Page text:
Bills advance at Capitol to strip ‘public trust’ from fishing rights law

The change is sought by agribusiness. Environmentalists say that’s unnecessary.
Jamie Rogers posts with a shoal bass caught on fly tackle in the spring of 2023 downstream of Yellow Jacket Shoals on the Flint River. Rogers is the daughter of Gordon Rogers, executive director of the Flint Riverkeeper. Photo courtesy of Rogers family.

Credit: Special

Credit: Special

Jamie Rogers posts with a shoal bass caught on fly tackle in the spring of 2023 downstream of Yellow Jacket Shoals on the Flint River. Rogers is the daughter of Gordon Rogers, executive director of the Flint Riverkeeper. Photo courtesy of Rogers family.

Georgia lawmakers passed a bill at the last minute last year, enshrining the public’s right to fish and traverse navigable waterways. Now, at the urging of agribusiness, two new bills are advancing, aimed at stripping references to public ownership of natural resources from that law. Environmentalists say that’s unnecessary.

The fishing rights law was passed last session after Gov. Brian Kemp was reportedly dismayed by a settlement in which the Department of Natural Resources granted exclusive fishing rights to the owner of a private riverfront property. The law affirmed the public’s right to access navigable waterways “pursuant to the common law public trust doctrine.”

While environmentalists, anglers and recreational paddlers celebrated the law’s passage, some commercial farmers were alarmed by the reference to the “public trust doctrine,” a very old legal principle that the air, water and coast belong to everyone and should be managed by the government for the common good.

In the United States, the public trust doctrine has mostly been treated as a subject of state law, but the U.S. Supreme Court has upheld the principle in a number of cases. Recently, the public trust doctrine has been cited in lawsuits brought by youth activists seeking to force states and the federal government to take action on climate change.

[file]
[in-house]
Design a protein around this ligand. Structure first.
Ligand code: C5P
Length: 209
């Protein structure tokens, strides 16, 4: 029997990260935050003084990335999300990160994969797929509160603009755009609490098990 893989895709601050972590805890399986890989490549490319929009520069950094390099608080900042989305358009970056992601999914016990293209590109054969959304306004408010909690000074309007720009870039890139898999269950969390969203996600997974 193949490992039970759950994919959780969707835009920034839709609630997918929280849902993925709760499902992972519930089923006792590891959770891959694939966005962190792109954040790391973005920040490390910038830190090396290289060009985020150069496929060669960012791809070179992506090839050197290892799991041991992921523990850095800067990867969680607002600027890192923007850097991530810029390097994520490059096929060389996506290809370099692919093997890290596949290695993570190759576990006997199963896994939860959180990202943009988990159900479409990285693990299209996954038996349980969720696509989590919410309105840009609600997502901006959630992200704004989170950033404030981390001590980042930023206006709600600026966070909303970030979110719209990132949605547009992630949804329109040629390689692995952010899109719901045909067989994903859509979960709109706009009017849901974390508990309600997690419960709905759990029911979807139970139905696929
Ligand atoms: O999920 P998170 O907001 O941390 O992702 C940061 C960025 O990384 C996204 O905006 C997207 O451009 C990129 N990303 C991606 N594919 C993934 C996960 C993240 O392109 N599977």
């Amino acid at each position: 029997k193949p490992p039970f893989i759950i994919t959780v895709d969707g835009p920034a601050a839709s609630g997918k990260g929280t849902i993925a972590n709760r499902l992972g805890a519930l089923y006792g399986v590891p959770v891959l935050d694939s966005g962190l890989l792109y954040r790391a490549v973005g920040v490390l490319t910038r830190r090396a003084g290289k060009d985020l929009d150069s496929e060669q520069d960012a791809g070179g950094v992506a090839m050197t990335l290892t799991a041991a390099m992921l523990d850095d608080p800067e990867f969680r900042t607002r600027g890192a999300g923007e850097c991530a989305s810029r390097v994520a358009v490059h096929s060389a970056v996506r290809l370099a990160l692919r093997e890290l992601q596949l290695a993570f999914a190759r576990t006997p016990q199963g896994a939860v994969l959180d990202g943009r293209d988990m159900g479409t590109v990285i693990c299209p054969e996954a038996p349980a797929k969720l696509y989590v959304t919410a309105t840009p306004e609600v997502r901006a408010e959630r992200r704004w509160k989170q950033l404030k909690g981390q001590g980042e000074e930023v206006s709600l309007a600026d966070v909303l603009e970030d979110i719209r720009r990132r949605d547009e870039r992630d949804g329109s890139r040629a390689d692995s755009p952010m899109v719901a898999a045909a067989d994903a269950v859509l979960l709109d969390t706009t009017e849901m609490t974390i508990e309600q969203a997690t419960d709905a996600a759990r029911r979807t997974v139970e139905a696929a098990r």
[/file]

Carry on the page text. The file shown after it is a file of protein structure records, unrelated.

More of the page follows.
The two Georgia bills that have advanced in this session, HB 1172 and SB 542, are nearly identical. Both would remove references to the public trust doctrine from the law while affirming citizens of the state have a right to use “for passage and for hunting and fishing all navigable streams from low-water mark to low-water mark.”

Will Bentley, president of the Georgia Agribusiness Council, which sought the changes, said his members were concerned that enshrining the public trust doctrine in state law gives environmental activists a way to file “frivolous lawsuits” against private property owners by claiming they harmed public waterways. No such lawsuit has been filed in Georgia since the law went into effect last year.

“We support the public’s access to these very important rivers ... We just think there’s a more narrow way to do it,” Bentley said.

April Lipscomb, a lawyer with the Southern Environmental Law Center, said concerns over the public trust doctrine were overblown. Lipscomb said she would prefer to keep the law as it is, especially with another pending lawsuit against the state over exclusive fishing rights.

Tensions over who has the right to access prized fishing holes have escalated in recent years, especially in the Yellow Jacket Shoals section of the Flint River about an hour and a half south of Atlanta that is home to a famously feisty shoal bass. In 2020, gunfire erupted in a dispute over fishing the shoals. Three years later, the state settled a lawsuit with one of the owners whose property adjoins Yellow Jacket Shoals, prompting lawmakers to pass the fishing rights law. Shortly after, another property owner on the shoals filed a nearly identical lawsuit also seeking exclusive fishing rights. Whether that lawsuit succeeds could depend on how the new law holds up in court.

Despite the unresolved lawsuit, Lipscomb said she was not overly concerned with the proposed changes to the law.

“I don’t really consider them to be super substantial,” Lipscomb said of the amendments to remove references to the public trust doctrine. “I think both bills do ultimately protect the rights of our anglers, our hunters and our paddling community.”

Joe Cook of the Georgia River Network was also skeptical that the public trust doctrine would change enforcement of existing regulations over water usage and pollution.

“The public already has the right to legally address these issues through multiple avenues so this seemed like an unfounded fear,” Cook wrote in an email.

Cook said his primary concern is that language could be added to the bills codifying a list of streams in Georgia as “navigable.” Such a list was included with another proposal, HB 1397, that failed to advance in this session, but Cook and others fear it could be resurrected in one of the surviving bills.

“The list presented in HB 1397 could leave some streams regularly used by the public — and even serviced by outfitters — at risk of being shutdown by a single riparian property owner who didn’t want people boating through their property,” Cook said.

The Georgia River Network is calling its supporters to the Capitol Wednesday for a “freedom to float” event in support of public access to waterways and against the list of “navigable” streams circulated earlier in the session.

A note of disclosure

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